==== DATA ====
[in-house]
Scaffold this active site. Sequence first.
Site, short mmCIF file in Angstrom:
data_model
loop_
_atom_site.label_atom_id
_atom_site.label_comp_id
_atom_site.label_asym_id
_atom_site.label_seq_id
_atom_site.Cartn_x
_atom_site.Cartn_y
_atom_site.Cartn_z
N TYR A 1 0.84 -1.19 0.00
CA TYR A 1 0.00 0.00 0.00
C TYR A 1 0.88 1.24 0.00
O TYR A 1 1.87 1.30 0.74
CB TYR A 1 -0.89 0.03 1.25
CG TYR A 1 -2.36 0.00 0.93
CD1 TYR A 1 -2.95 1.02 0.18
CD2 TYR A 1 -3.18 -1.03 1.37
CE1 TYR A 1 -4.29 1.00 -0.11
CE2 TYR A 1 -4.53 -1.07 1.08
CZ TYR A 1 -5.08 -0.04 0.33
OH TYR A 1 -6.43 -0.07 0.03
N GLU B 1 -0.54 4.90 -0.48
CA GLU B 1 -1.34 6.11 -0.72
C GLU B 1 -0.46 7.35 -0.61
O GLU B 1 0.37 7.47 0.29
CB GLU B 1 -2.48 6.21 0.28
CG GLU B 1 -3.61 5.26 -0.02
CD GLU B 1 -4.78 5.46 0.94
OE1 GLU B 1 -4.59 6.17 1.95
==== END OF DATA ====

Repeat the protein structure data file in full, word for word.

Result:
[in-house]
Scaffold this active site. Sequence first.
Site, short mmCIF file in Angstrom:
data_model
loop_
_atom_site.label_atom_id
_atom_site.label_comp_id
_atom_site.label_asym_id
_atom_site.label_seq_id
_atom_site.Cartn_x
_atom_site.Cartn_y
_atom_site.Cartn_z
N TYR A 1 0.84 -1.19 0.00
CA TYR A 1 0.00 0.00 0.00
C TYR A 1 0.88 1.24 0.00
O TYR A 1 1.87 1.30 0.74
CB TYR A 1 -0.89 0.03 1.25
CG TYR A 1 -2.36 0.00 0.93
CD1 TYR A 1 -2.95 1.02 0.18
CD2 TYR A 1 -3.18 -1.03 1.37
CE1 TYR A 1 -4.29 1.00 -0.11
CE2 TYR A 1 -4.53 -1.07 1.08
CZ TYR A 1 -5.08 -0.04 0.33
OH TYR A 1 -6.43 -0.07 0.03
N GLU B 1 -0.54 4.90 -0.48
CA GLU B 1 -1.34 6.11 -0.72
C GLU B 1 -0.46 7.35 -0.61
O GLU B 1 0.37 7.47 0.29
CB GLU B 1 -2.48 6.21 0.28
CG GLU B 1 -3.61 5.26 -0.02
CD GLU B 1 -4.78 5.46 0.94
OE1 GLU B 1 -4.59 6.17 1.95